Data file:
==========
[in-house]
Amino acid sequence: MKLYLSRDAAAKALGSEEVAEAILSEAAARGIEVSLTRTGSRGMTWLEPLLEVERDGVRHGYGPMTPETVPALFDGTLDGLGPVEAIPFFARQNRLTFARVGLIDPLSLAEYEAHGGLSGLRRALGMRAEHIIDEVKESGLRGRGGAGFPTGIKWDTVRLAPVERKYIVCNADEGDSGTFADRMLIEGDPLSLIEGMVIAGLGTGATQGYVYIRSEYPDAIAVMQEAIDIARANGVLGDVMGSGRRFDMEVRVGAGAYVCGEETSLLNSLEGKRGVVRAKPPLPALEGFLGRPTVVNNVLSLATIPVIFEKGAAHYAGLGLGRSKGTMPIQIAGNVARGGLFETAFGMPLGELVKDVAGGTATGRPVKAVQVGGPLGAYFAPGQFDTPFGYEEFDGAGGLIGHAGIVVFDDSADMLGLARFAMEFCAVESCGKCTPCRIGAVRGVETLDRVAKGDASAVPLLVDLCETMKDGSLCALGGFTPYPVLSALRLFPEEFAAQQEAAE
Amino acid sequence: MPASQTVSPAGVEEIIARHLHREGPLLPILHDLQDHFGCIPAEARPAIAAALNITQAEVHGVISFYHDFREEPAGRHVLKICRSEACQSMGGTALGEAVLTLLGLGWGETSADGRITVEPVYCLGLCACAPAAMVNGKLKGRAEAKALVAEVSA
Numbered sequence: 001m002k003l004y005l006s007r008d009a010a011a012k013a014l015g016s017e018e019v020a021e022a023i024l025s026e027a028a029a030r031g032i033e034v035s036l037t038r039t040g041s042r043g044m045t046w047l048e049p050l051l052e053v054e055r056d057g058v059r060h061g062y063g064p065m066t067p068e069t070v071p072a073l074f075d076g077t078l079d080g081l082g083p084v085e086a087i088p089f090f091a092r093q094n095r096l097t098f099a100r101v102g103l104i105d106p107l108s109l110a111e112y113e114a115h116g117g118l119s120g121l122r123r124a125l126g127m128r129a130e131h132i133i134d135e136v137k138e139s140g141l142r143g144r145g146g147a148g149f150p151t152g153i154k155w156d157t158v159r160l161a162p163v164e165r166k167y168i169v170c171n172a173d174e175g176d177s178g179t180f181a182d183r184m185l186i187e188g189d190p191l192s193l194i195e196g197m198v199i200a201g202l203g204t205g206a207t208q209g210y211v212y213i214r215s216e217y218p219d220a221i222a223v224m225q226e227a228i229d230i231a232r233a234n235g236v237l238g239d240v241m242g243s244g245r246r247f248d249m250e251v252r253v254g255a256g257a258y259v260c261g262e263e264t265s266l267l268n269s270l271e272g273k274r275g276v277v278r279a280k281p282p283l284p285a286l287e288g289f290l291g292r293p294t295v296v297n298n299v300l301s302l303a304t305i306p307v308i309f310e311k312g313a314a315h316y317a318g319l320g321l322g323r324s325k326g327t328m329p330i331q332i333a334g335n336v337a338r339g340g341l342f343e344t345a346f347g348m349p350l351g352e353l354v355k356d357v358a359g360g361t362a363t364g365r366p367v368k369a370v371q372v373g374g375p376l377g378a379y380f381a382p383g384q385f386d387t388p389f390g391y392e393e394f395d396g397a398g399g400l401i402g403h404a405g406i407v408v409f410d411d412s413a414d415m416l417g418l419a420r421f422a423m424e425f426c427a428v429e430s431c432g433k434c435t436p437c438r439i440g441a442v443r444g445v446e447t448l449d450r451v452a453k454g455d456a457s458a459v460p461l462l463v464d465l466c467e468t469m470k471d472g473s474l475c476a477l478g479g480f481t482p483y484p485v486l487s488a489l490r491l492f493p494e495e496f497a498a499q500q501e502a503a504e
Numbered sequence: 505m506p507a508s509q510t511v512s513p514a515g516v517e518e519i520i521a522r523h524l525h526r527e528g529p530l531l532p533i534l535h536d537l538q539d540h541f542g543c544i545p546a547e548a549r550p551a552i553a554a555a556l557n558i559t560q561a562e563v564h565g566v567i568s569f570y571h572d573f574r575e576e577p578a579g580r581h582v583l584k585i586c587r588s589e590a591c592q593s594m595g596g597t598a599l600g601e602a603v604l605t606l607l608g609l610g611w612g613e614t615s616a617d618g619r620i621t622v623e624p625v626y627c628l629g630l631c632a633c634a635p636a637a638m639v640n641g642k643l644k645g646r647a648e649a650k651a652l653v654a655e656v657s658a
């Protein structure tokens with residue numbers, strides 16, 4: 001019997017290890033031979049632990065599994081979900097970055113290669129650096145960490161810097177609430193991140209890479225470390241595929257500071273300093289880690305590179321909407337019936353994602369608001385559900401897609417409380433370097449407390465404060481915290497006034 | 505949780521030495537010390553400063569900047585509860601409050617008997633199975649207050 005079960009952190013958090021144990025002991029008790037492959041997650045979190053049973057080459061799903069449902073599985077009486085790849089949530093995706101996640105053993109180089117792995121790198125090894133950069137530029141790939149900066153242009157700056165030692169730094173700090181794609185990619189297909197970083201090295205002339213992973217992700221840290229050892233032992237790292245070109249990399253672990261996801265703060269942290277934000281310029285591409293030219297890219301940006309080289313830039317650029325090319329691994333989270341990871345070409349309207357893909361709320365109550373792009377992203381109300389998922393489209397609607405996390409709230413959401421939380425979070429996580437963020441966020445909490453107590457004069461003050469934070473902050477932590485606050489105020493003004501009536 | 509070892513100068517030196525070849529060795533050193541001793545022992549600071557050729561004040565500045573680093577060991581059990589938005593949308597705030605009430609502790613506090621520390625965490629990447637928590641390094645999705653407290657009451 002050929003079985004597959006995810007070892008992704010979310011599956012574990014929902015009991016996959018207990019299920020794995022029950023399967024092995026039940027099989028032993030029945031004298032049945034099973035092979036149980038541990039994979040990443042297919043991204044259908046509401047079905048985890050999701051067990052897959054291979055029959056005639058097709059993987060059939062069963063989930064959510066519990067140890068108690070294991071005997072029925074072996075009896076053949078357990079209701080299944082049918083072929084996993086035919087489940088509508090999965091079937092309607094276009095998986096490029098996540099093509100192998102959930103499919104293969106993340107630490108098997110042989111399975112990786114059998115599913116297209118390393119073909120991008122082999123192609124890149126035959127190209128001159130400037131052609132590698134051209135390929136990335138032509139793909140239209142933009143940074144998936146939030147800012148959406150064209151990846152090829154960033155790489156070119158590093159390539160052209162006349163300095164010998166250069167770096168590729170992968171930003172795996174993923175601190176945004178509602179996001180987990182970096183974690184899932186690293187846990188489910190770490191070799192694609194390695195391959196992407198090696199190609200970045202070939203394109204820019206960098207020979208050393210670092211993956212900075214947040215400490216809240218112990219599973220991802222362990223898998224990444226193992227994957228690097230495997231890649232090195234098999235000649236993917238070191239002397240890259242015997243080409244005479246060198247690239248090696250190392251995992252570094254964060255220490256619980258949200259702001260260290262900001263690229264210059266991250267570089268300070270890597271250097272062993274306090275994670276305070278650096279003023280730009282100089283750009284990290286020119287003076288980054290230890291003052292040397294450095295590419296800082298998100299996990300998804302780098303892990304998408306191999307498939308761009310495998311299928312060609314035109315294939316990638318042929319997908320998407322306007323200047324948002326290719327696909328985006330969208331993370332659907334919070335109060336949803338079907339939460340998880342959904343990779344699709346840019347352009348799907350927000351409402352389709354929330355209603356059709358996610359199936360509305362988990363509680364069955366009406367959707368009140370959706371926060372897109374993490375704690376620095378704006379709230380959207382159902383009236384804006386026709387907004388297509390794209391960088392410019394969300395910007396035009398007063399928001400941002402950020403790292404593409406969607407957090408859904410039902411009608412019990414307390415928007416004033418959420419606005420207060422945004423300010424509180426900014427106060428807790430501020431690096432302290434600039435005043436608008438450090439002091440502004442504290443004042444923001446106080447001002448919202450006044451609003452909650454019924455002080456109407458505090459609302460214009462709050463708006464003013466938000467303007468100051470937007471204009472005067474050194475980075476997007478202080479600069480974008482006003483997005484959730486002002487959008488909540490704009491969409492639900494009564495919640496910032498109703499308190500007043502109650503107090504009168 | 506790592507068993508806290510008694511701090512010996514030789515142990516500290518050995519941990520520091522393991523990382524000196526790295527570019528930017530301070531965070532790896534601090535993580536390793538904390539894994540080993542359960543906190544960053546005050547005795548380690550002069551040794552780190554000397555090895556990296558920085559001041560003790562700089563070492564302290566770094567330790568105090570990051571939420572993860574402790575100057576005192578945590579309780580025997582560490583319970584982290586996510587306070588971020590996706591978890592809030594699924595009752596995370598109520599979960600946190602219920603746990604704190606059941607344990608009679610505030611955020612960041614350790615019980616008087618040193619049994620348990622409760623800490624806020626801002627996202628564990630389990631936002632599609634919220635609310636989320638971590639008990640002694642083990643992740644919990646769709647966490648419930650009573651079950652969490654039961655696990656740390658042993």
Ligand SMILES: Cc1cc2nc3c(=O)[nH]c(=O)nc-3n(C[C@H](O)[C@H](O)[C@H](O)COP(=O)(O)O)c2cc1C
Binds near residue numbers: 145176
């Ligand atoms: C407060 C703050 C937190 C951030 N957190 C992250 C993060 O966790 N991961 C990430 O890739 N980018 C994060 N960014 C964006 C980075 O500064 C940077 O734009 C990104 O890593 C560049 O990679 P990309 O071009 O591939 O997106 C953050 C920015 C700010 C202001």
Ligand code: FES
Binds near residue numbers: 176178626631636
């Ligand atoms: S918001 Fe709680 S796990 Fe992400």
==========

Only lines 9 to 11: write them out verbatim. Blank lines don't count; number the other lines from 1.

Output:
């Ligand atoms: C407060 C703050 C937190 C951030 N957190 C992250 C993060 O966790 N991961 C990430 O890739 N980018 C994060 N960014 C964006 C980075 O500064 C940077 O734009 C990104 O890593 C560049 O990679 P990309 O071009 O591939 O997106 C953050 C920015 C700010 C202001």
Ligand code: FES
Binds near residue numbers: 176178626631636